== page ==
Etymology
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informed (adj.)
1540s, "current in information," past-participle adjective from inform (v.). In 16c.-17c. it also could mean "unformed, formless," from in- (1) "not, opposite of," and was used in astronomy of stars that did not form part of the visual pattern of a constellation but were within it.
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darkness (n.)

Old English deorcnysse "absence of light," from dark (adj.) + -ness. The 10c. Anglo-Saxon treatise on astronomy uses þeostrum for "darkness." Figurative use for "sinfulness, wickedness" is from early 14c. From late 14c. as "obscurity," also "secrecy, concealment," also "blindness," physical, mental, or spiritual.

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elongation (n.)

c. 1400, elongacioun, in astronomy, "angular distance of a planet from the sun as it appears from the earth;" early 15c., "extension, spreading," from Medieval Latin elongationem (nominative elongatio), noun of action from past-participle stem of Late Latin elongare "remove to a distance," from assimilated form of Latin ex "out" (see ex-) + longus "long" (see long (adj.)).

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optical (adj.)

1560s, "relating to or connected with the science of optics; pertaining to vision," from optic + -al (1). Of abstract art, from 1964. In astronomy, in reference to double stars that appear so only because they lie in the same line of sight from earth, by 1868. Optical illusion is attested by 1757. Related: Optically.

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culminate (v.)

1640s, in astronomy, of a star or planet, "come to or be on the highest point of altitude; come to or be on the meridian," from Late Latin culminatus past participle of culminare "to top, to crown," from Latin culmen (genitive culminis) "top, peak, summit, roof, gable," also used figuratively, a contraction of columen "top, summit" (from PIE root *kel- (2) "to be prominent; hill"). Figurative sense in English of "reach the highest point" is from 1660s. Related: Culminant; culminated; culminating.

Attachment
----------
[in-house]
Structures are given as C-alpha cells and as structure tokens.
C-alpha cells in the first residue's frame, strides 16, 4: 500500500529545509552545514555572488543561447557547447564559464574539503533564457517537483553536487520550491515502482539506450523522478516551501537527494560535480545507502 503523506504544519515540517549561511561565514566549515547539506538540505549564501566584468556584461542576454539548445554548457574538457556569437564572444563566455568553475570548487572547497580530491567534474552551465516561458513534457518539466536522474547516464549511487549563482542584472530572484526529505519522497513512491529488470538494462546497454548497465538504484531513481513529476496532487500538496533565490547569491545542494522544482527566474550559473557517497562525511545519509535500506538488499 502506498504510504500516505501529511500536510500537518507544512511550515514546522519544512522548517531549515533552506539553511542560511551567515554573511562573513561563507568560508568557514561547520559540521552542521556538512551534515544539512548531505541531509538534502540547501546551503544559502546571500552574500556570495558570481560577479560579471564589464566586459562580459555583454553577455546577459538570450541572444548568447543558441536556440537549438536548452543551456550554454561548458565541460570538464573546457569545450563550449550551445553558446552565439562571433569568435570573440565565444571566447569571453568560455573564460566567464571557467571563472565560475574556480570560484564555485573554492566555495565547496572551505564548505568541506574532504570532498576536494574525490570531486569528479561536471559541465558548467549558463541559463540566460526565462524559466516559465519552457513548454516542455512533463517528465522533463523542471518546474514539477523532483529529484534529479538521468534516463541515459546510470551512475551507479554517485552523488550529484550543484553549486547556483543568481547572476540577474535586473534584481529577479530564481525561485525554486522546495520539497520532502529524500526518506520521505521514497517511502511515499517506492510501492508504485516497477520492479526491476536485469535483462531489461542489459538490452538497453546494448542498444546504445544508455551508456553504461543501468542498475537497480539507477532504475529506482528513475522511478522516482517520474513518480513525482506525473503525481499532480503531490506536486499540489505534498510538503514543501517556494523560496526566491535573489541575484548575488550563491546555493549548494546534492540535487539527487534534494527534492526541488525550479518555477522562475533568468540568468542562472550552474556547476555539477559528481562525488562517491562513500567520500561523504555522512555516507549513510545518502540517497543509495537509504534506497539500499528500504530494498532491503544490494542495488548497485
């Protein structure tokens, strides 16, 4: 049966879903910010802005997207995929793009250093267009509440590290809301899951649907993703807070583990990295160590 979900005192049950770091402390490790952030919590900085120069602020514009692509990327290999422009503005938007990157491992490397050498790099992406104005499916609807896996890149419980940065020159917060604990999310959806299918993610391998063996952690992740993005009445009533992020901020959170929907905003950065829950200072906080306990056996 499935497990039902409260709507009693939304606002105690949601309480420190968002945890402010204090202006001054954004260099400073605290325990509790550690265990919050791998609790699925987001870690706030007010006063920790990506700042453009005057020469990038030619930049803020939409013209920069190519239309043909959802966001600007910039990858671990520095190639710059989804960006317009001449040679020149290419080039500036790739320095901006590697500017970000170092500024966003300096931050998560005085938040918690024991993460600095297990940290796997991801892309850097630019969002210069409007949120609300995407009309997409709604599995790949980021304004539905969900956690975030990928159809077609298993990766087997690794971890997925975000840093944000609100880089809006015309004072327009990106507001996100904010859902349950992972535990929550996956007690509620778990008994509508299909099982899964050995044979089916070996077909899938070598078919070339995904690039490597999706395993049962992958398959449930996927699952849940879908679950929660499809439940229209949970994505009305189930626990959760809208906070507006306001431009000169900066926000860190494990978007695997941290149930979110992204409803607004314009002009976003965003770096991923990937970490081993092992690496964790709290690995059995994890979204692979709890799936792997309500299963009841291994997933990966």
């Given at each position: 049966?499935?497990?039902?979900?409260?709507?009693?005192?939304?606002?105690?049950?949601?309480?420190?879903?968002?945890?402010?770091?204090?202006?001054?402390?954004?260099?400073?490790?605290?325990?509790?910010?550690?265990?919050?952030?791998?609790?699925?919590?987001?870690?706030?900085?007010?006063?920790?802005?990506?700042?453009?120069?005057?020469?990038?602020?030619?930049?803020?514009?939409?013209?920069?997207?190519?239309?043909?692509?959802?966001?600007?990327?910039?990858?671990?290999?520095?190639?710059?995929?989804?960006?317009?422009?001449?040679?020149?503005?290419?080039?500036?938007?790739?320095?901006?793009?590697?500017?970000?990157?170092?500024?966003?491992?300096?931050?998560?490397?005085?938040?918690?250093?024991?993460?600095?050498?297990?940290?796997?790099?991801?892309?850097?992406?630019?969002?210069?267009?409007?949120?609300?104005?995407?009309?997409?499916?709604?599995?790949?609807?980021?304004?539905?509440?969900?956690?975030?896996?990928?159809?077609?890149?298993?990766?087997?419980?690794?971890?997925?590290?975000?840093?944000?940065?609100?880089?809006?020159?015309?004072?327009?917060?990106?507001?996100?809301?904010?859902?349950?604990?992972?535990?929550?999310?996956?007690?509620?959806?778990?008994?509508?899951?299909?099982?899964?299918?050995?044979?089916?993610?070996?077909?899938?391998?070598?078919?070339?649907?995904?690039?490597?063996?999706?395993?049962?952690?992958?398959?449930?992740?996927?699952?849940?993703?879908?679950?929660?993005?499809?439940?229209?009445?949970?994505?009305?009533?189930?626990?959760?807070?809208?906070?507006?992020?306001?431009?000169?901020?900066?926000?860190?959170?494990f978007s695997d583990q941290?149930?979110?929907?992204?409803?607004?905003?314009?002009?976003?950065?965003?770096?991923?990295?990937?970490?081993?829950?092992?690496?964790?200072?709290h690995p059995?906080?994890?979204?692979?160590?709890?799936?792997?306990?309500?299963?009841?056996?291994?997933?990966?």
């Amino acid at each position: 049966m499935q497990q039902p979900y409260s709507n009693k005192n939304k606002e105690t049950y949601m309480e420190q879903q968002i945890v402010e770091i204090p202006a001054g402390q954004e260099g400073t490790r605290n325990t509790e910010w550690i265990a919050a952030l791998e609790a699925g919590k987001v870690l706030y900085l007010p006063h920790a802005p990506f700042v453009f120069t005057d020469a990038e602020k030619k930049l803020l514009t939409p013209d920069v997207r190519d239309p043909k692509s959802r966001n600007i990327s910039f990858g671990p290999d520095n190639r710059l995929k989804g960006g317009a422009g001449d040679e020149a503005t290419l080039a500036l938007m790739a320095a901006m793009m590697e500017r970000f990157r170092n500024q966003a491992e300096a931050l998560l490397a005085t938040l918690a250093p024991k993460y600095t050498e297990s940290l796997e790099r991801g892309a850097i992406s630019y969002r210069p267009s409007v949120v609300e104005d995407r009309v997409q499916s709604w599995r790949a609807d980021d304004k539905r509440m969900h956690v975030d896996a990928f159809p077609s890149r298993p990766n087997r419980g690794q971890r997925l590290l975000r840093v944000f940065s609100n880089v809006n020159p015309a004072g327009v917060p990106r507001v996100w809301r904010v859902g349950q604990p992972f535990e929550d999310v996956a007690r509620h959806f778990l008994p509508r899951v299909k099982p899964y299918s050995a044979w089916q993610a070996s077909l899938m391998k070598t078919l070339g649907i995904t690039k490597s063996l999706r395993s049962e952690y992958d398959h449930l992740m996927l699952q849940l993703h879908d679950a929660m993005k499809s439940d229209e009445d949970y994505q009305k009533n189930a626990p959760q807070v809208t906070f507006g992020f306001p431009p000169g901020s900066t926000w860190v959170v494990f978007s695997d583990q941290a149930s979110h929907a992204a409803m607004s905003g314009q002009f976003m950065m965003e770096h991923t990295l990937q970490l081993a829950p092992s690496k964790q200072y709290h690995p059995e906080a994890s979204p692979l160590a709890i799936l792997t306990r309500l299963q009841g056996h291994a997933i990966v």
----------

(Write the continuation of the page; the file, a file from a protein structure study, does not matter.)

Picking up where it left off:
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declination (n.)

late 14c., declinacioun, in astronomy, "distance of a heavenly body from the celestial equator, measured on a great circle passing through the body and the celestial pole," from Old French declinacion (Modern French déclinaison) and directly from Latin declinationem (nominative declinatio) "a bending from (something), a bending aside; the supposed slope of the earth toward the poles; a turning away from (something), an avoiding," noun of action from past-participle stem of declinare (see decline (v.)). From c. 1400 as "a bending or sloping downward." Related: Declinational.

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nadir (n.)

late 14c., in astronomy, "imaginary point of the celestial sphere vertically opposite to the zenith of the sun; the inferior pole of the horizon," from Medieval Latin nadir, from Arabic nazir "opposite to," in nazir as-samt, literally "opposite direction," from nazir "opposite" + as-samt "road, path" (see zenith). Transferred sense of "lowest point" of anything is recorded by 1793.

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binary (adj.)
"dual, twofold, double," mid-15c., from Late Latin binarius "consisting of two," from bini "twofold, two apiece, two-by-two" (used especially of matched things), from bis "double" (from PIE root *dwo- "two"). Binary code in computer terminology was in use by 1952, though the idea itself is ancient. Binary star in astronomy is from 1802.
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tierce (n.)
old unit of liquid measure equal to one-third of a pipe (42 gallons), 1530s, from Anglo-French ters, Old French tierce (11c.). used in the sense "one-third" in various ways, from Latin tertia, fem. of tertius "a third," from PIE *tri-tyo-, from root *trei- (see three). Also used in Middle English for "a third part" (late 15c.), "the third hour of the canonical day" (ending at 9 a.m.), late 14c., and, in astronomy and geometry, "sixtieth part of a second of an arc."
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Cassiopeia (n.)
northern circumpolar constellation, in Greek mythology queen of Ethiopia, wife of Cepheus and mother of Andromeda, from Latinized form of Greek Kassiepeia, Kassiopeia, a name of unknown etymology. A conspicuous "W" (or "M") of stars, always opposite the Big Dipper, she is represented as seated in a chair. The supernova there in 1572 outshone Venus, was observed by Tycho, among others, and helped revolutionize astronomy. Related: Cassiopeian.
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